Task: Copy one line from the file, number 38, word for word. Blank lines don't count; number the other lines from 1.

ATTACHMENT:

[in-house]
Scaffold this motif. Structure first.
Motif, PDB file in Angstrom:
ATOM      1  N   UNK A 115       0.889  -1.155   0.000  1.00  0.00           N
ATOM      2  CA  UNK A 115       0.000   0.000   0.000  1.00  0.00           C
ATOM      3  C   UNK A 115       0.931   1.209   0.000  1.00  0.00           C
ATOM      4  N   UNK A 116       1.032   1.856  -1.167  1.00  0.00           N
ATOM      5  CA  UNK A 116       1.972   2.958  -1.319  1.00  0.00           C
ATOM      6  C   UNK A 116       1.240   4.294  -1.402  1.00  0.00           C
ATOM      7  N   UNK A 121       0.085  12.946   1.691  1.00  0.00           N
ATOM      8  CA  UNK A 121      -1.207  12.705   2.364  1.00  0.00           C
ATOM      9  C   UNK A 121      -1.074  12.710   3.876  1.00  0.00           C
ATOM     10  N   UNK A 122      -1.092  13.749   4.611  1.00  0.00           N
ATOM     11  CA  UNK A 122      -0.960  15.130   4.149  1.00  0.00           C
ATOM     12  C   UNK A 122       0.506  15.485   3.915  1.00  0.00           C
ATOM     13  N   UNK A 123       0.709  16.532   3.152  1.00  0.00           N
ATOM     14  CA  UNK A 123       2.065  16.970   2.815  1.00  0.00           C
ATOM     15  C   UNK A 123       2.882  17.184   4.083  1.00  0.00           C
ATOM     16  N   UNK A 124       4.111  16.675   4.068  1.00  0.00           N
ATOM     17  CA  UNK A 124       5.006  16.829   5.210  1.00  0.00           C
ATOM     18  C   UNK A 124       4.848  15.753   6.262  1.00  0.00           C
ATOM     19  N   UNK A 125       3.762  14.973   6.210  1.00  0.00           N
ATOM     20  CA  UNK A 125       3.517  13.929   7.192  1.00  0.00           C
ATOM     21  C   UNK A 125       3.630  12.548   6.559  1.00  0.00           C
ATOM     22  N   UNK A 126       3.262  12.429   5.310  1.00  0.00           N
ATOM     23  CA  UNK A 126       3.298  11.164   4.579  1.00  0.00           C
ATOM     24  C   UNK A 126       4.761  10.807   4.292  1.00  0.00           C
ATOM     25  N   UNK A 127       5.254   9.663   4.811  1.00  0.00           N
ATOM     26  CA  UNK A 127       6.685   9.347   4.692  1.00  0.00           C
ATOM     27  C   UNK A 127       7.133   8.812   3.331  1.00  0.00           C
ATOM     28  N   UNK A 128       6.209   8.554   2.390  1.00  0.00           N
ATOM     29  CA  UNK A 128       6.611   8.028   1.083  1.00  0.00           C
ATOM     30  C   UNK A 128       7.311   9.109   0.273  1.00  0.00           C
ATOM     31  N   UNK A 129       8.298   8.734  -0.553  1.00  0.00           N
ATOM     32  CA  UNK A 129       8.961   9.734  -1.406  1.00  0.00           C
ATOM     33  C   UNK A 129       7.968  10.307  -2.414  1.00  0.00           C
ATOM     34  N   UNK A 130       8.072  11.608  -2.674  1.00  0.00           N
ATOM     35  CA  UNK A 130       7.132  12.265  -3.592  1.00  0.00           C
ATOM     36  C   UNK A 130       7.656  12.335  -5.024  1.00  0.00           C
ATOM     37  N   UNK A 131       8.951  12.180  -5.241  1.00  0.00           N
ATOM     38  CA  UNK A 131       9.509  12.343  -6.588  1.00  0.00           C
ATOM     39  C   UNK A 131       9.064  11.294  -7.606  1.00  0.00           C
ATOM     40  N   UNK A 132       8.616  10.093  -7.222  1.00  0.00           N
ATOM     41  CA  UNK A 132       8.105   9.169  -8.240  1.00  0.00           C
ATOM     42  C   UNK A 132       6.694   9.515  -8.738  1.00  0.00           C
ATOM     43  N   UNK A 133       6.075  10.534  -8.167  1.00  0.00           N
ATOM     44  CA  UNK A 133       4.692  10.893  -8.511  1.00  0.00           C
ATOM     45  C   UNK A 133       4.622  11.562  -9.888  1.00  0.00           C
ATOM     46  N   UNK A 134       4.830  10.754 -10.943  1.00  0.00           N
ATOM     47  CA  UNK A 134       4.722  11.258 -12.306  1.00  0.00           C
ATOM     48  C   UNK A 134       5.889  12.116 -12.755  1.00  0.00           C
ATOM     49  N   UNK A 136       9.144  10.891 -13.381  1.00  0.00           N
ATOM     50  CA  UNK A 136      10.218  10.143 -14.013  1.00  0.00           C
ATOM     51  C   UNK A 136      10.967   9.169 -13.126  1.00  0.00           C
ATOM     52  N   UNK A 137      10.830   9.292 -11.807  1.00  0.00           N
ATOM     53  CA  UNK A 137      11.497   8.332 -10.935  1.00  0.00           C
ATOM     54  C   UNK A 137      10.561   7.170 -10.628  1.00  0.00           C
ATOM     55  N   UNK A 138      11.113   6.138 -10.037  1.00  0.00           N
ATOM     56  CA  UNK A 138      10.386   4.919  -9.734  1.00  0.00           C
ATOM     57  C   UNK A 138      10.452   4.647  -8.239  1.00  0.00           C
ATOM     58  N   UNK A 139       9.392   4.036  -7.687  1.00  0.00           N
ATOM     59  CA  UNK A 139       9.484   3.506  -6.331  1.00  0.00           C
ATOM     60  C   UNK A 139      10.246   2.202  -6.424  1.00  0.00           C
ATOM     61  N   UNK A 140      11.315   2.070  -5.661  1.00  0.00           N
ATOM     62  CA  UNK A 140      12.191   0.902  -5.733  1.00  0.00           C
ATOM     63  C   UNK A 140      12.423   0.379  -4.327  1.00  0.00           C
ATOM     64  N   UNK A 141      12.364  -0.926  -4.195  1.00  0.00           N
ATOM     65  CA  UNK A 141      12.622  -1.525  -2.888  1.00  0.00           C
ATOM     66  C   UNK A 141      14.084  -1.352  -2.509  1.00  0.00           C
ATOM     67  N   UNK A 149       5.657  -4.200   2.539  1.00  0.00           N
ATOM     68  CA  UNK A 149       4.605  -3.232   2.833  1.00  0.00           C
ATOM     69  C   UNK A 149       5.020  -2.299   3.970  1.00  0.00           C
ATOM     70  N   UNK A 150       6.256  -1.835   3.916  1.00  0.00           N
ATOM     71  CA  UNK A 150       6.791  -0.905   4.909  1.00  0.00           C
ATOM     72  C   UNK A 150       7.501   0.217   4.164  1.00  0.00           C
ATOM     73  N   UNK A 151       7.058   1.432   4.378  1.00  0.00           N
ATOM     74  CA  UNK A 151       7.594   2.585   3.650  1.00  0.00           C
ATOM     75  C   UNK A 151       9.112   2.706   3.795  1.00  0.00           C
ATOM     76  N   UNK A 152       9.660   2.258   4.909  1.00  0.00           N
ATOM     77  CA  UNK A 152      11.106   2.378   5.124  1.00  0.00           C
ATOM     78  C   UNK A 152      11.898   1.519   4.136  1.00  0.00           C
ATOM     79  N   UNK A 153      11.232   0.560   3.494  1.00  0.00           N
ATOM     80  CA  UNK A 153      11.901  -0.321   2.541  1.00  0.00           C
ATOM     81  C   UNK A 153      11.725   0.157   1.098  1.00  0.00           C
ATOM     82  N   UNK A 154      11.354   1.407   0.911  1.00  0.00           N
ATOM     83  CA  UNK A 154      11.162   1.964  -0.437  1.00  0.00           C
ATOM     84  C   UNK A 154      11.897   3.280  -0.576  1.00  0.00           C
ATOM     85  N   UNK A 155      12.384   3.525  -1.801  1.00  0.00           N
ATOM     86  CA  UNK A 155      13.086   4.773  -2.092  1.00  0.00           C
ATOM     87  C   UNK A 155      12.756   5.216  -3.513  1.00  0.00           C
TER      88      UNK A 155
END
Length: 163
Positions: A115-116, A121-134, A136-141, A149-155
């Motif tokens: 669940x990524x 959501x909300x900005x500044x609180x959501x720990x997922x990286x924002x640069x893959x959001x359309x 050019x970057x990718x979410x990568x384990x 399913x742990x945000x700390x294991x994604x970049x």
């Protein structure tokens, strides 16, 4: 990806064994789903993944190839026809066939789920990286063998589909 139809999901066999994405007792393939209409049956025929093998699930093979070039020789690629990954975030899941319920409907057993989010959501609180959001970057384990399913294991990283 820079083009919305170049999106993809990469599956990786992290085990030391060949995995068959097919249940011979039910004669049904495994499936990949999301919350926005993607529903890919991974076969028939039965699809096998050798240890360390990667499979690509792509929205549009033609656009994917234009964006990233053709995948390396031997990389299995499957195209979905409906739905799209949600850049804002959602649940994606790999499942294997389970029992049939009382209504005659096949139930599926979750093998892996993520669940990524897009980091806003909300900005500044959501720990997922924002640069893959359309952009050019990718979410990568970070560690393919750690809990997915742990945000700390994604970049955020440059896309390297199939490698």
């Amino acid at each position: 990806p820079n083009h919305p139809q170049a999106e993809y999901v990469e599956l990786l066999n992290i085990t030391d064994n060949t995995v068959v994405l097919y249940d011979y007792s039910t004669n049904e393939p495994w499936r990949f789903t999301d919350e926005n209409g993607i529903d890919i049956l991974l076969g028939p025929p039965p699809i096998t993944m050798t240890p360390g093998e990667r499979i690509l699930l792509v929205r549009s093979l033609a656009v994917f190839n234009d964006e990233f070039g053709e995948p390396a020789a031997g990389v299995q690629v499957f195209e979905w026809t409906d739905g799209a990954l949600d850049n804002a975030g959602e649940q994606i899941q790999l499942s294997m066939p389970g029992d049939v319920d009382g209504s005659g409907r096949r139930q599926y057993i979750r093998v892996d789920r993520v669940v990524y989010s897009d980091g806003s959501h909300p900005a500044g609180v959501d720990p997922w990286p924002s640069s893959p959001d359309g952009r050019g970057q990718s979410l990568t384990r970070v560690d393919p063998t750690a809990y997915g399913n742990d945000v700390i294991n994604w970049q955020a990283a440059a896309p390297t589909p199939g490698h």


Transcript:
ATOM     35  CA  UNK A 130       7.132  12.265  -3.592  1.00  0.00           C